Mkt Watch: Look beyond sentiment to fundamentals
The froth in the futures market has been washed away with the stock futures position standing at only Rs 30,000 crore, a fraction of what it had risen to last month, writes Udayan Mukherjee.Updated: Feb 12, 2008 22:10 IST
Since the disastrous January derivitives expriy, the technicals of the Indian market would appear to have improved considerably, at least in a relative sense. The froth in the futures market has been washed away with the stock futures position standing at only Rs 30,000 crore, a fraction of what it had risen to last month. The other ostensible reason for the January crash--constricted money supply because of IPO subscription--has also been corrected. IPO refunds are in from both Reliance Power and Future Capital. In fact, even the listings are done so the flippers have had an opportunity to book out.
Curiously, none of this has led to any visible relief for the market, contrary to general expectations. Despite improved technicals, the trend remains southward, volumes are pathetic and every rally is getting sold into.
The obvious culprit is sentiment. Local sentiment has been crippled by the savage January sell-off and more recently by the dismal events of the IPO market. Global sentiment is not much better with investors getting into a shell fearing the onset of a recession-fuelled bear market.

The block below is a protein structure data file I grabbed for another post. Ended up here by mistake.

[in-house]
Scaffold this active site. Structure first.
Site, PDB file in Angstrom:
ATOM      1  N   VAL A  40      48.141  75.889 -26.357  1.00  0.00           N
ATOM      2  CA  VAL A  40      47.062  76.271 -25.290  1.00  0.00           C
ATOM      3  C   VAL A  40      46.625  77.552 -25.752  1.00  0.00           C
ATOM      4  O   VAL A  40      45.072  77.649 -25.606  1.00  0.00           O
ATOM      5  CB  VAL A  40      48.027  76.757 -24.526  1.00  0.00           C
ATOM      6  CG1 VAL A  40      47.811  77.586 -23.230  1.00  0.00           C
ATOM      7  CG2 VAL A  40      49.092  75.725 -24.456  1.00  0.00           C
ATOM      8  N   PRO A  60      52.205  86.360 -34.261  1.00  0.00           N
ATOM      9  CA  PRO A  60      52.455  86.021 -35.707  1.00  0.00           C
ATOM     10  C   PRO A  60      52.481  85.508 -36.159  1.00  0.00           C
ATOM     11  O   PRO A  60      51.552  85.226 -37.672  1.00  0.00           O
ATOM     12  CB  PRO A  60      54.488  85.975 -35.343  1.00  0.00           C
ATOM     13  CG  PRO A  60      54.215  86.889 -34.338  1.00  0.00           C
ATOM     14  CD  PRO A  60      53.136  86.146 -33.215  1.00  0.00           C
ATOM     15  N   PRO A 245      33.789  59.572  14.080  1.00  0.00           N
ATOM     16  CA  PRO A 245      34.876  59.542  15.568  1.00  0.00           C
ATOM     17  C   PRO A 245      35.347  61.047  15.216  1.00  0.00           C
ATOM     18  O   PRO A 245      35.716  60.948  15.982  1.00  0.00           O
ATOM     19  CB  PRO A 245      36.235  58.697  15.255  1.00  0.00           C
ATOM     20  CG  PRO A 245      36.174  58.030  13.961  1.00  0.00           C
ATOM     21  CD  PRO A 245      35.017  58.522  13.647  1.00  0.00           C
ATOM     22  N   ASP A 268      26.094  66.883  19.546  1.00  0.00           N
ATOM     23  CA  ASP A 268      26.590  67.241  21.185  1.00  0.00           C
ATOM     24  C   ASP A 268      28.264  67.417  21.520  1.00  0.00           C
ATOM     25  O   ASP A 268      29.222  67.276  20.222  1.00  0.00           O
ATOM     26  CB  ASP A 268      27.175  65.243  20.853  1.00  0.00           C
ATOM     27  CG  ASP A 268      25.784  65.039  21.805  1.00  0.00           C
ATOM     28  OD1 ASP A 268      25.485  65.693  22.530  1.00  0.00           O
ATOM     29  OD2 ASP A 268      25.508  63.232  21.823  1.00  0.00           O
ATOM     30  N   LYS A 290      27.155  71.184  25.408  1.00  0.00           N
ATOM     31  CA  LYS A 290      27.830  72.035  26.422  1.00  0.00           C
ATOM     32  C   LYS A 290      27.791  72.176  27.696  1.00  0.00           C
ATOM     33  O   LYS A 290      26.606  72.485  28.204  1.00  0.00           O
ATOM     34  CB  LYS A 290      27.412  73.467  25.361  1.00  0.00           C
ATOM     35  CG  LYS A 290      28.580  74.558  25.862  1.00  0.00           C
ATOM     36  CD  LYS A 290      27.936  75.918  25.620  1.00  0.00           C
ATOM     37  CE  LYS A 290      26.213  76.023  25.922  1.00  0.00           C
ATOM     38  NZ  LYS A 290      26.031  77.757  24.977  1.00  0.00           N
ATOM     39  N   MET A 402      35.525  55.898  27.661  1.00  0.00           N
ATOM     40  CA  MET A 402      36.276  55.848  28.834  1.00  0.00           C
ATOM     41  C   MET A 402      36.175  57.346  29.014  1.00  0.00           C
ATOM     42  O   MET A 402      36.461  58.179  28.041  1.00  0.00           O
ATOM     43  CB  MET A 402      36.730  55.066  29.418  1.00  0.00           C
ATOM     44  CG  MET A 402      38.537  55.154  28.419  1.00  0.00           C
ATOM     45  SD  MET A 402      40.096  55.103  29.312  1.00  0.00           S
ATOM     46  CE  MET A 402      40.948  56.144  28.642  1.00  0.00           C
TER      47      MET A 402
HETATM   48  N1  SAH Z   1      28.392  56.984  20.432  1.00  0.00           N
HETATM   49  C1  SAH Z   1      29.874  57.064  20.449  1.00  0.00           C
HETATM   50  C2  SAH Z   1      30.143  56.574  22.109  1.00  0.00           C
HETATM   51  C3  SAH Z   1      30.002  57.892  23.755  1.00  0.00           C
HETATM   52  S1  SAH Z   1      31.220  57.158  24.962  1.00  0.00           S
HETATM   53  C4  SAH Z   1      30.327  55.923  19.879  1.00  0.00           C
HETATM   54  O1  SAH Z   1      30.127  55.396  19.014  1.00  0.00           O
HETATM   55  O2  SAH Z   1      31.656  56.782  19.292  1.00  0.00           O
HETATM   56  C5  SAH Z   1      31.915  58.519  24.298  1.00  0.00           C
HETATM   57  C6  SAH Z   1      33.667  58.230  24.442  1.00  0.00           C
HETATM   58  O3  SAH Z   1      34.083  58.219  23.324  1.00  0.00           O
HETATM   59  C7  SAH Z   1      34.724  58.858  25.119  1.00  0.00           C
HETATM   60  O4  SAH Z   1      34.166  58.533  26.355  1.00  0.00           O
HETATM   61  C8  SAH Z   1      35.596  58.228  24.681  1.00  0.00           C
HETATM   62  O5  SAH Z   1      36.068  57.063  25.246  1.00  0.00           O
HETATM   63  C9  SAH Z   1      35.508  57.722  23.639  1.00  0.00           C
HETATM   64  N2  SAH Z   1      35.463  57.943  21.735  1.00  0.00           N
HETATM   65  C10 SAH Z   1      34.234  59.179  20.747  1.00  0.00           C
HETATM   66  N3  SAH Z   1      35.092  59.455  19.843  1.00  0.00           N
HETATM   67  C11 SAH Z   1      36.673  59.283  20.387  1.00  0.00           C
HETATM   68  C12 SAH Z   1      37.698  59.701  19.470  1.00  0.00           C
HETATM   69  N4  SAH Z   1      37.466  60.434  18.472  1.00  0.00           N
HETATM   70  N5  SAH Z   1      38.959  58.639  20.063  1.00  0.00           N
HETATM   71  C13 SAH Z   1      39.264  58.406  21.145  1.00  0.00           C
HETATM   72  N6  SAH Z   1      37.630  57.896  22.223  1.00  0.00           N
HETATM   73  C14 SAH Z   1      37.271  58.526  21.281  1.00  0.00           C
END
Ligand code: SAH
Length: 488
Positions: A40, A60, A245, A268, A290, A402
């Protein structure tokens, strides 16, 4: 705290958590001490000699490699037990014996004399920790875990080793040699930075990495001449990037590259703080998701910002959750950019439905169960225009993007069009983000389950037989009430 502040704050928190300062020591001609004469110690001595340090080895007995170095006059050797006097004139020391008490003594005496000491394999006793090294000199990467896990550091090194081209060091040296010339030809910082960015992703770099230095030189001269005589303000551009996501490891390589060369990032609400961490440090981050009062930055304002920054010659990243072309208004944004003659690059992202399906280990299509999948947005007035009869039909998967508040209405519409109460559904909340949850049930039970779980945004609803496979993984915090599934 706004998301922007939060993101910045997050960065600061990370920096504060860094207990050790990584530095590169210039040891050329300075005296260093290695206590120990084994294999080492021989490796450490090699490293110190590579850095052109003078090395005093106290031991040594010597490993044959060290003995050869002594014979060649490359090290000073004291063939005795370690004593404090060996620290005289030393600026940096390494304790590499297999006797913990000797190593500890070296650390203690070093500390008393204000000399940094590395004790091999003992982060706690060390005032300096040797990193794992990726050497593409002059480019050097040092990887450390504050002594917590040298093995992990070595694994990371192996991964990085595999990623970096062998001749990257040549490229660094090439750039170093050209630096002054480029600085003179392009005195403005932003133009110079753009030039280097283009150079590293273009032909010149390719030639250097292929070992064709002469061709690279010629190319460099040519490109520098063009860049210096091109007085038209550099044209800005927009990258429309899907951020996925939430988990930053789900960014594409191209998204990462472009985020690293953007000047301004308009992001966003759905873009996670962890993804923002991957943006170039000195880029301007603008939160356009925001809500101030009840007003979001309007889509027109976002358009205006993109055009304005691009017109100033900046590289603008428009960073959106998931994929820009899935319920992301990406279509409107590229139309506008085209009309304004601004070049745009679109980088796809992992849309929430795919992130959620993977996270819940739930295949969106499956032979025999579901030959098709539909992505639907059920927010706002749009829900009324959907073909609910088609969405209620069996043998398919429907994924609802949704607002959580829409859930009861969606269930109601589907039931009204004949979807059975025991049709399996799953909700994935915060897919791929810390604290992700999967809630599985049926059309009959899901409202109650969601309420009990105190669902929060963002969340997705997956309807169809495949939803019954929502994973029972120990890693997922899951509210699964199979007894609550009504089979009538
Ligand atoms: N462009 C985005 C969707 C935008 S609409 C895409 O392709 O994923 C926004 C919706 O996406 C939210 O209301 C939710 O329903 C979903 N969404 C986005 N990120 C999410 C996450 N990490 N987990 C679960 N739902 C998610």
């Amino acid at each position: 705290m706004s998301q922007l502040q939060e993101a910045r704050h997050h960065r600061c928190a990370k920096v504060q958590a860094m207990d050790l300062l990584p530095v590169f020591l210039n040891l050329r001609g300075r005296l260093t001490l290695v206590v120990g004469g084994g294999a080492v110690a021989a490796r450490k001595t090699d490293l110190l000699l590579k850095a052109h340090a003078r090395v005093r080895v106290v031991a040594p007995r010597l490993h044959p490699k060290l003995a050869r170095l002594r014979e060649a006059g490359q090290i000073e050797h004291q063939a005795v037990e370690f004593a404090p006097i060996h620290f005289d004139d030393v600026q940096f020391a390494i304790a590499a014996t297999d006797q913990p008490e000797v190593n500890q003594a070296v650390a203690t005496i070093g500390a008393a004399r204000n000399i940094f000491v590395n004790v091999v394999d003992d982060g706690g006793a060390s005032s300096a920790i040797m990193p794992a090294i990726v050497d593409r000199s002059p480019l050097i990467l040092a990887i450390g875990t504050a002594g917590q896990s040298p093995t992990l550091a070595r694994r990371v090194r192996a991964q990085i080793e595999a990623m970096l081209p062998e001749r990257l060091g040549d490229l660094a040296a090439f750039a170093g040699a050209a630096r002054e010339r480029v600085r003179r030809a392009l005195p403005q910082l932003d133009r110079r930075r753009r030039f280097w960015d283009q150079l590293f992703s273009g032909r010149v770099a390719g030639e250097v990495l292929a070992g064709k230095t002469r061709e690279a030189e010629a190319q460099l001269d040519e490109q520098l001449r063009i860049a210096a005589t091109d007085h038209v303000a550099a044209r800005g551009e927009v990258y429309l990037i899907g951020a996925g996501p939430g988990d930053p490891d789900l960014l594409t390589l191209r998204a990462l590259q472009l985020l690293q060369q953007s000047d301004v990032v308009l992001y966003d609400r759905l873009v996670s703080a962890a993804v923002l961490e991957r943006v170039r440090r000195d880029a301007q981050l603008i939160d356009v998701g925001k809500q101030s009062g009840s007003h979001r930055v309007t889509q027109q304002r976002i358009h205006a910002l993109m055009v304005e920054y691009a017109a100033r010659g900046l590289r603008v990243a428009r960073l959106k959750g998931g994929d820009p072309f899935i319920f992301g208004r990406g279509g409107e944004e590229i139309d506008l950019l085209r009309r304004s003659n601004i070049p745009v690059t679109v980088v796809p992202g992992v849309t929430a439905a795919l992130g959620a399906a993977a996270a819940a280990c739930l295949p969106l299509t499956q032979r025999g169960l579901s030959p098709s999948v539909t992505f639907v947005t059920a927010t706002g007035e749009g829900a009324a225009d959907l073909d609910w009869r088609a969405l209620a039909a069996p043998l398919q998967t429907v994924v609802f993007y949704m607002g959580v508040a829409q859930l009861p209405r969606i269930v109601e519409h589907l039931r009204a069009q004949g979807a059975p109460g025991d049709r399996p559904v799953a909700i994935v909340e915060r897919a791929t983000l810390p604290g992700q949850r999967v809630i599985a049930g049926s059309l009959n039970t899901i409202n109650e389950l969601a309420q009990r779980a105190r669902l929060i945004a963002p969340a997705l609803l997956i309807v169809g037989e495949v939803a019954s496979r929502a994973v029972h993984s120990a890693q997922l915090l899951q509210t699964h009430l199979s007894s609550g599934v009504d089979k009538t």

The not-so-visible and talked-about reason is core fundamentals. One wonders though whether the market, in its wisdom, is bracing itself for disappointment on the fundamental front. So far, the market is assuming 18-20 percent earnings growth this year. Given that, the current price-earnings ratio of 16 times 2008-09 seems comfortable. However, as this growth--led by sectors like metals, realty and power--slows down, valuations will need to be revisited. Particularly so if other emerging markets see a contraction in valuations led by bearish global constraints. Could that be the reason for stocks getting de-rated in many sectors? I hope that is not the case but am inclined not to close my mind to that possibility.
Analysts are often in denial when the rot first starts seeping in. Stocks move first, headlines follow later. Hopefully, it is just sentiment, not fundamentals, where the problem lies.